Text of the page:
Published: Tues., April 14, 2015; by Grace Troupe
Graduate school comes with a whole new set of rules. To help you navigate this terrain and meet expectations, I’ve compiled some helpful hints from my own experience and ideas from Indira Raman’s paper How to be a Graduate Advisee.
Be a Great Advisee
Work with your mentor to identify short and long term goals, then set deadlines for each. Use an Individual Development Plan to facilitate conversations and track your progress.
Allow adequate time for your mentor to respond to your requests. Remember that email isn’t instantaneous, and your advisor may be in the middle of a big project and need several days to get back to you.
Before a meeting, make an agenda for yourself to be sure you address all your questions efficiently. This’ll help you remember all your goals during the meeting, even if your conversation starts moving in different directions (as conversations often do when two people are passionate about a topic!). After the meeting, thank your advisor in an email and summarize the conversation.
Remember that graduate school is training you to become your advisor’s future colleague. This means there’s less handholding than when you were an undergrad. Grad school’s when you learn to process information and make decisions like a principle investigator would, so don’t expect your advisor to tell you how to do what’s next or how to find resources. Keep your ears open and watch what makes the more advanced graduate students in your program successful—and what doesn’t.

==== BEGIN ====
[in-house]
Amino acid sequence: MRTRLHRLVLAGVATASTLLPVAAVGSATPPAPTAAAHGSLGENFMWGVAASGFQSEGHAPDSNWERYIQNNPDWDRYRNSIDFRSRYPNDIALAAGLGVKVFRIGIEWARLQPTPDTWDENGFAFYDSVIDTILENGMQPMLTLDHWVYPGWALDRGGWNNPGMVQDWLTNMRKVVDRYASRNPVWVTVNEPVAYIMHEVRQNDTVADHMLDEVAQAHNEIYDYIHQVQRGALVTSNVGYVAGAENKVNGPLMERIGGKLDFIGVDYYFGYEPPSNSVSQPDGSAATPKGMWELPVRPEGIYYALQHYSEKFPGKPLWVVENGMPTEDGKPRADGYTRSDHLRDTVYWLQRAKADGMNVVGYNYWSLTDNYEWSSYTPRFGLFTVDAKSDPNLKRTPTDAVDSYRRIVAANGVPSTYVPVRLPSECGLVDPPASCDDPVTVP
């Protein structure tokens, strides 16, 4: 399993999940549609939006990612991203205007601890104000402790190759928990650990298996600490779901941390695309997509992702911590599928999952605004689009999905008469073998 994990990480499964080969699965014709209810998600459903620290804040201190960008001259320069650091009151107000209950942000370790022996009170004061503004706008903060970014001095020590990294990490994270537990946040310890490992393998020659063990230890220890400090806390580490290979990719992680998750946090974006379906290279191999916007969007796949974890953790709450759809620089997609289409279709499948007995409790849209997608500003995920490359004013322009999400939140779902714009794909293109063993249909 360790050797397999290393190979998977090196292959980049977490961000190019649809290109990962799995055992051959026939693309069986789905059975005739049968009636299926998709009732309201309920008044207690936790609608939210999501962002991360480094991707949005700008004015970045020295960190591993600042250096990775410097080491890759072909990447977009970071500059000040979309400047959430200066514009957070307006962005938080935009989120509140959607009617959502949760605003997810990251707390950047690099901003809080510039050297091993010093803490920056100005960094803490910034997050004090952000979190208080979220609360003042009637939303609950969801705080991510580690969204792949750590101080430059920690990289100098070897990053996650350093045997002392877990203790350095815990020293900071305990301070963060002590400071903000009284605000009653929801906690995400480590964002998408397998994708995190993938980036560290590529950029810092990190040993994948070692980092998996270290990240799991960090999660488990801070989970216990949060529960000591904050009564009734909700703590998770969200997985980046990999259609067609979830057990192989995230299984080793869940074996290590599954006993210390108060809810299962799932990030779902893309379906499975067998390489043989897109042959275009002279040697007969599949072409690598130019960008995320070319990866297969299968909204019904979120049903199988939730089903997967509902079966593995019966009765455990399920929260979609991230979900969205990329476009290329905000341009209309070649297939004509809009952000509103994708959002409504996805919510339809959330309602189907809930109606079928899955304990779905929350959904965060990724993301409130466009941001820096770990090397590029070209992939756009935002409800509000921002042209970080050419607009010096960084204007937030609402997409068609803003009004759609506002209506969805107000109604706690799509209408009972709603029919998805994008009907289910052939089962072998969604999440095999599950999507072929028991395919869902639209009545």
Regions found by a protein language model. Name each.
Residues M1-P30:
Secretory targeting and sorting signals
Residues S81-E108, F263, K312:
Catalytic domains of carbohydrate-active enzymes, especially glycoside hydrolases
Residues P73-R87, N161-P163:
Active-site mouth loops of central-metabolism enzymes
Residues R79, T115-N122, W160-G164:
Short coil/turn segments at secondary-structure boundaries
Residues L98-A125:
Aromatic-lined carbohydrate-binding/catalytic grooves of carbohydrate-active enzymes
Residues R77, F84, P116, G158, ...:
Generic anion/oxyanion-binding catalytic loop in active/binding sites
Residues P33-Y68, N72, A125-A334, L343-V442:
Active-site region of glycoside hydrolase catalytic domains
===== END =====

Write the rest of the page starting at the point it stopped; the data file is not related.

Use criticism to improve yourself. When your advisor points out a flaw or critiques your work, it’s to help you be the best you can be. Don’t take it personally! After you get feedback, take a deep breath. Remember that you can use the criticism to your advantage.
Be compassionate. Your advisor is human too! Becoming familiar with their struggles and victories—from grading 100 student papers to applying for (and winning) a grant — will help you work better with them.
Excel at Your Work
Discover how you work best. Your learning preferences can guide the way you work. This allows you to create the best possible work environment for your learning needs.
Record your work as you go along. This is essential. Even if you think you’ll never forget the details of a procedure you repeated thousands of times when you were collecting data, the reality is that details get murky in the time between when you conducted an experiment and when you complete your write-up (whether that’s for an article, thesis, or dissertation). Keeping track of details as you go along is worth the extra effort. Your records will be a valuable resource down the road and save you time and aggravation.
Find traits that you admire in the people around you. Not only will this help you build relationships because you’re focusing on others’ strengths rather than mulling over their weaknesses, it’ll help you aspire to those qualities. Then, look for ways to develop those traits and abilities.
Don’t let your work become your whole life. It’s important to have friends outside your lab and other interests to delve into. If you don’t, when something goes wrong with your work or you have a conflict with a co-worker, you might feel like your world is falling apart. But when your life involves other components, it is easier to let things roll off your back and you have a realistic perspective. A balanced life leads to less drama and greater adaptability.
How to be a Graduate Advisee by Indira M. Raman
Managing Your Advisor by Katie Shives
More than Friendship: The Importance of Student Peers by Troy H. Campbell